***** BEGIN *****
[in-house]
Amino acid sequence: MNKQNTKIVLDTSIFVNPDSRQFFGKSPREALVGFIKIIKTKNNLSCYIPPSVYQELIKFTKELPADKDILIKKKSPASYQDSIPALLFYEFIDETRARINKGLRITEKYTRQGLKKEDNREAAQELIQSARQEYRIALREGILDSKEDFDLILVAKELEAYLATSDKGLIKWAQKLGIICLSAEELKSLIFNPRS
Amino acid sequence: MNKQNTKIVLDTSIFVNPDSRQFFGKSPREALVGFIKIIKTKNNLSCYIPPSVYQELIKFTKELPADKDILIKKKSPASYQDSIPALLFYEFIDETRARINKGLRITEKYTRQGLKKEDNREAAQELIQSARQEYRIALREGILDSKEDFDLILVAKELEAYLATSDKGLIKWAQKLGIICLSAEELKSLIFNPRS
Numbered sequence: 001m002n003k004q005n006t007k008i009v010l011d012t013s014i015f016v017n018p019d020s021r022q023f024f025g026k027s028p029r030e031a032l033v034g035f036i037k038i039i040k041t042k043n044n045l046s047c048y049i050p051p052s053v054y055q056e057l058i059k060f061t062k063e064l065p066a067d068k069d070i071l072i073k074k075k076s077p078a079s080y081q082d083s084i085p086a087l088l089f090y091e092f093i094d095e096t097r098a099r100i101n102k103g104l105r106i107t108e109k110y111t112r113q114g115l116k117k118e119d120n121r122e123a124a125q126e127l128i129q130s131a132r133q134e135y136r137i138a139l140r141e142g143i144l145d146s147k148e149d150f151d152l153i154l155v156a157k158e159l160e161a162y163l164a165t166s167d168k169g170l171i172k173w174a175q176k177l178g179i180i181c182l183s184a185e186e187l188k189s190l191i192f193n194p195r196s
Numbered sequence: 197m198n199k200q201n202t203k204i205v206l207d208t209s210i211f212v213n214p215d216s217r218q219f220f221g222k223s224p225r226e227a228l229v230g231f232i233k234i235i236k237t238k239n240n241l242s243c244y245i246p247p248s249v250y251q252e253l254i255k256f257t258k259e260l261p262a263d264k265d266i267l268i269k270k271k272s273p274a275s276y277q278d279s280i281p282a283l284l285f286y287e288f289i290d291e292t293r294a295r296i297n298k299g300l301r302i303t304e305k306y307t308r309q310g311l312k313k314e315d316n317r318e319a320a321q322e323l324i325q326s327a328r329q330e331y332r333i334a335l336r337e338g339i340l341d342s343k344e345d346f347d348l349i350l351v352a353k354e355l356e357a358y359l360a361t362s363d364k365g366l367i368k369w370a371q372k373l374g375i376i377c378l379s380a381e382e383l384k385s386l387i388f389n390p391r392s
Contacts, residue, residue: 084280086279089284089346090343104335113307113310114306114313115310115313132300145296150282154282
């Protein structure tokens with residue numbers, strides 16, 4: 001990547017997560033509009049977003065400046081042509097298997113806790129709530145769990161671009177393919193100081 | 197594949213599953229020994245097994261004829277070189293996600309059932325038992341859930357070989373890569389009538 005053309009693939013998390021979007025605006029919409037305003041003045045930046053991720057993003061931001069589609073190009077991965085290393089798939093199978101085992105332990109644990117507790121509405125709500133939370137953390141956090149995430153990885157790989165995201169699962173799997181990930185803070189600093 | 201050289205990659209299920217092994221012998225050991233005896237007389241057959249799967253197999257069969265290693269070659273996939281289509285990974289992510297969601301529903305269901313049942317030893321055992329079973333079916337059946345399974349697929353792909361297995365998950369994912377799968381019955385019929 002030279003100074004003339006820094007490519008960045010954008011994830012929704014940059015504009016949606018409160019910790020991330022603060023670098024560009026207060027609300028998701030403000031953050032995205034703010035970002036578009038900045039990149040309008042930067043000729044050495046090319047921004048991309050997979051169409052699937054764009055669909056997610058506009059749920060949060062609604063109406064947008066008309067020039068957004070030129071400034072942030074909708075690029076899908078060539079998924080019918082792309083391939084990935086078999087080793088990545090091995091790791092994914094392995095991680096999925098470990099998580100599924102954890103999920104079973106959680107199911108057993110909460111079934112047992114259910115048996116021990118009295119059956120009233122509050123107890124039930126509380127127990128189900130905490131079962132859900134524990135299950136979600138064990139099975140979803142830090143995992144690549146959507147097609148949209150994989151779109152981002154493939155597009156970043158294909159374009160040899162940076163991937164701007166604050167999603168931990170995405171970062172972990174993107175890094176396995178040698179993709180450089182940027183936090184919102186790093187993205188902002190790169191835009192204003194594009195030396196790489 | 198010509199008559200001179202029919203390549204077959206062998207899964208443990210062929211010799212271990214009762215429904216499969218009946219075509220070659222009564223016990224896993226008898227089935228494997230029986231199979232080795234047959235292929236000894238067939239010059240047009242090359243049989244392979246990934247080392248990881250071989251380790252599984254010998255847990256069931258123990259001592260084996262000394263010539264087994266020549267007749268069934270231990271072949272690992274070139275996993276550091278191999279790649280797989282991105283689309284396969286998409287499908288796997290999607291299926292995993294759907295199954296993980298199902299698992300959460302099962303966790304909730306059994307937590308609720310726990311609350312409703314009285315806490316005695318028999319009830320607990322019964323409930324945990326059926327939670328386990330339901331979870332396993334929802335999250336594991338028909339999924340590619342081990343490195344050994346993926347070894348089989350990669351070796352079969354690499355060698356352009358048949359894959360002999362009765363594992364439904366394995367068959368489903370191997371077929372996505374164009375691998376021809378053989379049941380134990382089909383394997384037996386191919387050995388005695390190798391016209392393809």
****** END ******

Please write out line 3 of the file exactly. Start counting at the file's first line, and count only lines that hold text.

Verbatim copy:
Amino acid sequence: MNKQNTKIVLDTSIFVNPDSRQFFGKSPREALVGFIKIIKTKNNLSCYIPPSVYQELIKFTKELPADKDILIKKKSPASYQDSIPALLFYEFIDETRARINKGLRITEKYTRQGLKKEDNREAAQELIQSARQEYRIALREGILDSKEDFDLILVAKELEAYLATSDKGLIKWAQKLGIICLSAEELKSLIFNPRS